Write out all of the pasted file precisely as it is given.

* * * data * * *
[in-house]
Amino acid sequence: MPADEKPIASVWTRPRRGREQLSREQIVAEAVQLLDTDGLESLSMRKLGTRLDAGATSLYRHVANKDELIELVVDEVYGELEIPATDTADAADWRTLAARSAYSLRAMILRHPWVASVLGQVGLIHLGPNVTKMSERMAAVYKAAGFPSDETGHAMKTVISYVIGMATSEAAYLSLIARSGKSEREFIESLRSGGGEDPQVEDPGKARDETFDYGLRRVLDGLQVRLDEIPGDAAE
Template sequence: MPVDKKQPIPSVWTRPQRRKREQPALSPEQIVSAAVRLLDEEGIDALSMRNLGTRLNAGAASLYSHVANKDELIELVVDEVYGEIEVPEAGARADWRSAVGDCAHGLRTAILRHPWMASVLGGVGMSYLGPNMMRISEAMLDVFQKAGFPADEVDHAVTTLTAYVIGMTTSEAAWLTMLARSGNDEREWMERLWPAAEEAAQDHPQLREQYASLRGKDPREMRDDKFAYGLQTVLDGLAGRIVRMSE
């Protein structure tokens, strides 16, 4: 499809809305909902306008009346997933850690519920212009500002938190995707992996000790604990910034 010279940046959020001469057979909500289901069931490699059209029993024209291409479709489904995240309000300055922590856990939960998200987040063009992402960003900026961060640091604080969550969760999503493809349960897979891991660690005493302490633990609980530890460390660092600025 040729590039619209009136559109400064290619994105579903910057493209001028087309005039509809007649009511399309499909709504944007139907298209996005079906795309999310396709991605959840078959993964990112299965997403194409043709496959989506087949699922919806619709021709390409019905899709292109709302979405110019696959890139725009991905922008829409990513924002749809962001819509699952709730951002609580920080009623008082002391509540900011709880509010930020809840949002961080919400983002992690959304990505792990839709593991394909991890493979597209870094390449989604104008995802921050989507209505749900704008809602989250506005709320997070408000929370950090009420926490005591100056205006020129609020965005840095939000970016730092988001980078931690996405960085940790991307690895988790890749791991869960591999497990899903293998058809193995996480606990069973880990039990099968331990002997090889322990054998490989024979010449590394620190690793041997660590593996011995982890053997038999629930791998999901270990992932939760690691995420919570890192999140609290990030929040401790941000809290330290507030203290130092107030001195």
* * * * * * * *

[in-house]
Amino acid sequence: MPADEKPIASVWTRPRRGREQLSREQIVAEAVQLLDTDGLESLSMRKLGTRLDAGATSLYRHVANKDELIELVVDEVYGELEIPATDTADAADWRTLAARSAYSLRAMILRHPWVASVLGQVGLIHLGPNVTKMSERMAAVYKAAGFPSDETGHAMKTVISYVIGMATSEAAYLSLIARSGKSEREFIESLRSGGGEDPQVEDPGKARDETFDYGLRRVLDGLQVRLDEIPGDAAE
Template sequence: MPVDKKQPIPSVWTRPQRRKREQPALSPEQIVSAAVRLLDEEGIDALSMRNLGTRLNAGAASLYSHVANKDELIELVVDEVYGEIEVPEAGARADWRSAVGDCAHGLRTAILRHPWMASVLGGVGMSYLGPNMMRISEAMLDVFQKAGFPADEVDHAVTTLTAYVIGMTTSEAAWLTMLARSGNDEREWMERLWPAAEEAAQDHPQLREQYASLRGKDPREMRDDKFAYGLQTVLDGLAGRIVRMSE
């Protein structure tokens, strides 16, 4: 499809809305909902306008009346997933850690519920212009500002938190995707992996000790604990910034 010279940046959020001469057979909500289901069931490699059209029993024209291409479709489904995240309000300055922590856990939960998200987040063009992402960003900026961060640091604080969550969760999503493809349960897979891991660690005493302490633990609980530890460390660092600025 040729590039619209009136559109400064290619994105579903910057493209001028087309005039509809007649009511399309499909709504944007139907298209996005079906795309999310396709991605959840078959993964990112299965997403194409043709496959989506087949699922919806619709021709390409019905899709292109709302979405110019696959890139725009991905922008829409990513924002749809962001819509699952709730951002609580920080009623008082002391509540900011709880509010930020809840949002961080919400983002992690959304990505792990839709593991394909991890493979597209870094390449989604104008995802921050989507209505749900704008809602989250506005709320997070408000929370950090009420926490005591100056205006020129609020965005840095939000970016730092988001980078931690996405960085940790991307690895988790890749791991869960591999497990899903293998058809193995996480606990069973880990039990099968331990002997090889322990054998490989024979010449590394620190690793041997660590593996011995982890053997038999629930791998999901270990992932939760690691995420919570890192999140609290990030929040401790941000809290330290507030203290130092107030001195």